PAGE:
The first thing that may strike you about Fresh Romance, besides its stunning visuals, is that it has a whole lot of lady power behind it. Published by Rosy Press, a new publishing house specializing in romance (not your typical comic book fare), Fresh Romance has an almost entirely female creative team. Writers Kate Leth (Adventuretime, Edward Scissorhands), Sarah Vaughn (Alex & Ada) and Sarah Kuhn (One Con Glory) pen the stories while a talented group of artists including Arielle Jovellanos, Sarah Winifred Searle, and Sally Jane Thompson paint the pictures. Funded by a recent and very successful Kickstarter campaign, the comic was released yesterday to much excitement, and it’s no surprise: It’s pretty damn cool.
The cover of Issue One features Malie and Justine, our secretive queer couple from Kate Leth’s “School Spirit” story. The high school students pretend to be rivals for the affection of popular quarterback Miles, but in actuality only have eyes for each other. The reason for the ruse isn’t clear from the first issue, but Miles has some secrets of his own, and some supernatural things are afoot. Because the comic is divided between three stories, we only learn the barest of details this first time around. While a tiny bit frustrating, it also builds excitement for the next installment.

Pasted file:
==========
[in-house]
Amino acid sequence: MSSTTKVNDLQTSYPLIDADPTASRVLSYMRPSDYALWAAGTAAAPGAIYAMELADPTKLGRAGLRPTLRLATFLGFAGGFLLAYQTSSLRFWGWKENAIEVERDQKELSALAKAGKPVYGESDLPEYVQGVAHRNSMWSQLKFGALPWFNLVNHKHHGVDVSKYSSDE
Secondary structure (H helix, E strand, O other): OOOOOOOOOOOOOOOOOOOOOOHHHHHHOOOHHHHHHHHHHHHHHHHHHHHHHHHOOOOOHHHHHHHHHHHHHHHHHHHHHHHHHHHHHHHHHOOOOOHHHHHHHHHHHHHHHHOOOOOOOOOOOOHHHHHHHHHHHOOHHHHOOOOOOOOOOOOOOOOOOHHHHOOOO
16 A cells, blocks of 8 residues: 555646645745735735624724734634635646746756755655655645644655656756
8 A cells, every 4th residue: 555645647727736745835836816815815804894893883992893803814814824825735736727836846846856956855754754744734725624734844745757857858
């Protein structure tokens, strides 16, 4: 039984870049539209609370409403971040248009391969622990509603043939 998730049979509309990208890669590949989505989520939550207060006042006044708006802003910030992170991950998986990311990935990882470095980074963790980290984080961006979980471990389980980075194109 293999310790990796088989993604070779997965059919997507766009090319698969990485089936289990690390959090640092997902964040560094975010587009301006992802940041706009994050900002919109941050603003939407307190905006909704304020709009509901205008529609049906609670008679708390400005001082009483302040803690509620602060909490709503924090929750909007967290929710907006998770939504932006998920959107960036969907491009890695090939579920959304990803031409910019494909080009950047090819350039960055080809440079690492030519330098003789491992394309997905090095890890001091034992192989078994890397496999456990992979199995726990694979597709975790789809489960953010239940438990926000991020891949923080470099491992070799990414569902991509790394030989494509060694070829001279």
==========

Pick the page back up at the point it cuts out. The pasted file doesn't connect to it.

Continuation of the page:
The other stories in the comic are very different in style. “Ruined” is a Regency romance set in the early 1800’s England, and tells the tale of poor Catherine, who is being forced to marry a man she doesn’t love or even really know. All the while she pines for a secret love who we only know by the initials H.A. All we know is that H.A. pines too, and no one is happy about the marriage except perhaps Catherine’s parents. “The Ruby Equation” is a cute tale of about Ruby, a barista/intergalactic matchmaker who needs to meet a quota of matches before she can get back to her home galaxy.
In addition to the stories, Fresh Romance includes an advice section called “The Divorce(e) Club” where questions about love, romance and heartbreak are answered by “people who’ve been there.” (Not what you might expect to find nestled in the pages of a comic book, but delightful nonetheless.)
There are also pages included to show the readers the process of how Fresh Romance came together, like how they finalized drawings of the characters, and how the gorgeous cover (by Kevin Wada) was fashioned.
If you are a detail-oriented comic fan, then you will fall for Fresh Romance. Even if comics aren’t “your thing” but you love a good romance, Fresh Romance is worth checking out. In a world where a panel on women in comics can be held without any actual women on it (I’m looking at you, Denver ComicCon) knowing that these fierce, talented writers and artists are leading a fresh, new charge, gives me much hope for the changing comics landscape.